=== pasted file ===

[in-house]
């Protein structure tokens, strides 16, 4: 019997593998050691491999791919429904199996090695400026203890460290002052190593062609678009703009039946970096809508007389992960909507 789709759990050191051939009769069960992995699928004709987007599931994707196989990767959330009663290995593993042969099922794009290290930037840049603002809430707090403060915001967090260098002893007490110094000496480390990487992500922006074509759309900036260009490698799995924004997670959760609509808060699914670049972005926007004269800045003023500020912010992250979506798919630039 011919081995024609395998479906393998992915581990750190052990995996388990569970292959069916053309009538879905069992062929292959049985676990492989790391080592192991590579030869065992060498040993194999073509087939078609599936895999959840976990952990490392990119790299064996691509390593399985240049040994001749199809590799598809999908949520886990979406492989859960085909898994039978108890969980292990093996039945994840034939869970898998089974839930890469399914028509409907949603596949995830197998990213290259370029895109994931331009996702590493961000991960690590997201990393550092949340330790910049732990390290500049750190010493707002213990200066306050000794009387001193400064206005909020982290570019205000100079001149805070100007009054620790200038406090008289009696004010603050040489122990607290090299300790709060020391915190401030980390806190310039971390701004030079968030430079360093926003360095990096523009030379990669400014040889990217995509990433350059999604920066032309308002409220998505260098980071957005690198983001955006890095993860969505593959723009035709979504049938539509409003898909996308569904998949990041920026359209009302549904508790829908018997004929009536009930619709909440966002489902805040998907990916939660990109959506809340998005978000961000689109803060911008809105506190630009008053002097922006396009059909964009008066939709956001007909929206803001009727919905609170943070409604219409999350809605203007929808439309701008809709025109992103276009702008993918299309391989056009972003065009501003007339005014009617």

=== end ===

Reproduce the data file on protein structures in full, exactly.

[in-house]
């Protein structure tokens, strides 16, 4: 019997593998050691491999791919429904199996090695400026203890460290002052190593062609678009703009039946970096809508007389992960909507 789709759990050191051939009769069960992995699928004709987007599931994707196989990767959330009663290995593993042969099922794009290290930037840049603002809430707090403060915001967090260098002893007490110094000496480390990487992500922006074509759309900036260009490698799995924004997670959760609509808060699914670049972005926007004269800045003023500020912010992250979506798919630039 011919081995024609395998479906393998992915581990750190052990995996388990569970292959069916053309009538879905069992062929292959049985676990492989790391080592192991590579030869065992060498040993194999073509087939078609599936895999959840976990952990490392990119790299064996691509390593399985240049040994001749199809590799598809999908949520886990979406492989859960085909898994039978108890969980292990093996039945994840034939869970898998089974839930890469399914028509409907949603596949995830197998990213290259370029895109994931331009996702590493961000991960690590997201990393550092949340330790910049732990390290500049750190010493707002213990200066306050000794009387001193400064206005909020982290570019205000100079001149805070100007009054620790200038406090008289009696004010603050040489122990607290090299300790709060020391915190401030980390806190310039971390701004030079968030430079360093926003360095990096523009030379990669400014040889990217995509990433350059999604920066032309308002409220998505260098980071957005690198983001955006890095993860969505593959723009035709979504049938539509409003898909996308569904998949990041920026359209009302549904508790829908018997004929009536009930619709909440966002489902805040998907990916939660990109959506809340998005978000961000689109803060911008809105506190630009008053002097922006396009059909964009008066939709956001007909929206803001009727919905609170943070409604219409999350809605203007929808439309701008809709025109992103276009702008993918299309391989056009972003065009501003007339005014009617």